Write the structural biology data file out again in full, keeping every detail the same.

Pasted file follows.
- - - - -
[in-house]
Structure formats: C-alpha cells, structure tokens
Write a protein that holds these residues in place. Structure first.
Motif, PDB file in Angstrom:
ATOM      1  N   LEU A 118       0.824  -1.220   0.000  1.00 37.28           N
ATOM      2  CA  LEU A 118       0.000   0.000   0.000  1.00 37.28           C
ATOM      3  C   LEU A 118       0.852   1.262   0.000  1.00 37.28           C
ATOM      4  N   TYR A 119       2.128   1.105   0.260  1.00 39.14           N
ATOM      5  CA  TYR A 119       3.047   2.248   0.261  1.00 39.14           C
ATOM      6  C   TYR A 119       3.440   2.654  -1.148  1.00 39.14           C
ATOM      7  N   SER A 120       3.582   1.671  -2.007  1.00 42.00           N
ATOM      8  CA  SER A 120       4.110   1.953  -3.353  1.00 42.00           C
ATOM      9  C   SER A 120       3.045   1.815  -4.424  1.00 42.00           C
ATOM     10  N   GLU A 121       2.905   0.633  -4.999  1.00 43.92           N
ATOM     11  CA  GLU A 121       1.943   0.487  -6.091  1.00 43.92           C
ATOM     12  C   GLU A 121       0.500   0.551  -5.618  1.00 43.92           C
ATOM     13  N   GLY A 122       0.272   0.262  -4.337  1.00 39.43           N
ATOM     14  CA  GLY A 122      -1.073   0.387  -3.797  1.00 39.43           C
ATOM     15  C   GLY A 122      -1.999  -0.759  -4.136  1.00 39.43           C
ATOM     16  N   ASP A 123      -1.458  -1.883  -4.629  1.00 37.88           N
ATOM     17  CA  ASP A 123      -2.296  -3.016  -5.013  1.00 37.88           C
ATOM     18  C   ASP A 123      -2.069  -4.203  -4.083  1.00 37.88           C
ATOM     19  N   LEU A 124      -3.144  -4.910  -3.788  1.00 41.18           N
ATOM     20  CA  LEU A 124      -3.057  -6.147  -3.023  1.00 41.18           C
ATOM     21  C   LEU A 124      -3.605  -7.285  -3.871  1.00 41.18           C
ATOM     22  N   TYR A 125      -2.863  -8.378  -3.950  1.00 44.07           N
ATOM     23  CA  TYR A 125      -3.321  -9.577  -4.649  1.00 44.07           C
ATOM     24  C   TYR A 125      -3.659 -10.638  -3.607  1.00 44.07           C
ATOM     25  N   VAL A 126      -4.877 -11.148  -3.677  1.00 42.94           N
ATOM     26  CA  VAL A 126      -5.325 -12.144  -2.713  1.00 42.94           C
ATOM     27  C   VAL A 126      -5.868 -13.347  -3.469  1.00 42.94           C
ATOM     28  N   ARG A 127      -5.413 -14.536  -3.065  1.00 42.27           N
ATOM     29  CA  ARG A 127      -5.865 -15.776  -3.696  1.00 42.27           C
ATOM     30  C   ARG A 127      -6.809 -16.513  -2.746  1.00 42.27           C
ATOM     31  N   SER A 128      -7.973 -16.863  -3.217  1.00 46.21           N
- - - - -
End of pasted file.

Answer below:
[in-house]
Structure formats: C-alpha cells, structure tokens
Write a protein that holds these residues in place. Structure first.
Motif, PDB file in Angstrom:
ATOM      1  N   LEU A 118       0.824  -1.220   0.000  1.00 37.28           N
ATOM      2  CA  LEU A 118       0.000   0.000   0.000  1.00 37.28           C
ATOM      3  C   LEU A 118       0.852   1.262   0.000  1.00 37.28           C
ATOM      4  N   TYR A 119       2.128   1.105   0.260  1.00 39.14           N
ATOM      5  CA  TYR A 119       3.047   2.248   0.261  1.00 39.14           C
ATOM      6  C   TYR A 119       3.440   2.654  -1.148  1.00 39.14           C
ATOM      7  N   SER A 120       3.582   1.671  -2.007  1.00 42.00           N
ATOM      8  CA  SER A 120       4.110   1.953  -3.353  1.00 42.00           C
ATOM      9  C   SER A 120       3.045   1.815  -4.424  1.00 42.00           C
ATOM     10  N   GLU A 121       2.905   0.633  -4.999  1.00 43.92           N
ATOM     11  CA  GLU A 121       1.943   0.487  -6.091  1.00 43.92           C
ATOM     12  C   GLU A 121       0.500   0.551  -5.618  1.00 43.92           C
ATOM     13  N   GLY A 122       0.272   0.262  -4.337  1.00 39.43           N
ATOM     14  CA  GLY A 122      -1.073   0.387  -3.797  1.00 39.43           C
ATOM     15  C   GLY A 122      -1.999  -0.759  -4.136  1.00 39.43           C
ATOM     16  N   ASP A 123      -1.458  -1.883  -4.629  1.00 37.88           N
ATOM     17  CA  ASP A 123      -2.296  -3.016  -5.013  1.00 37.88           C
ATOM     18  C   ASP A 123      -2.069  -4.203  -4.083  1.00 37.88           C
ATOM     19  N   LEU A 124      -3.144  -4.910  -3.788  1.00 41.18           N
ATOM     20  CA  LEU A 124      -3.057  -6.147  -3.023  1.00 41.18           C
ATOM     21  C   LEU A 124      -3.605  -7.285  -3.871  1.00 41.18           C
ATOM     22  N   TYR A 125      -2.863  -8.378  -3.950  1.00 44.07           N
ATOM     23  CA  TYR A 125      -3.321  -9.577  -4.649  1.00 44.07           C
ATOM     24  C   TYR A 125      -3.659 -10.638  -3.607  1.00 44.07           C
ATOM     25  N   VAL A 126      -4.877 -11.148  -3.677  1.00 42.94           N
ATOM     26  CA  VAL A 126      -5.325 -12.144  -2.713  1.00 42.94           C
ATOM     27  C   VAL A 126      -5.868 -13.347  -3.469  1.00 42.94           C
ATOM     28  N   ARG A 127      -5.413 -14.536  -3.065  1.00 42.27           N
ATOM     29  CA  ARG A 127      -5.865 -15.776  -3.696  1.00 42.27           C
ATOM     30  C   ARG A 127      -6.809 -16.513  -2.746  1.00 42.27           C
ATOM     31  N   SER A 128      -7.973 -16.863  -3.217  1.00 46.21           N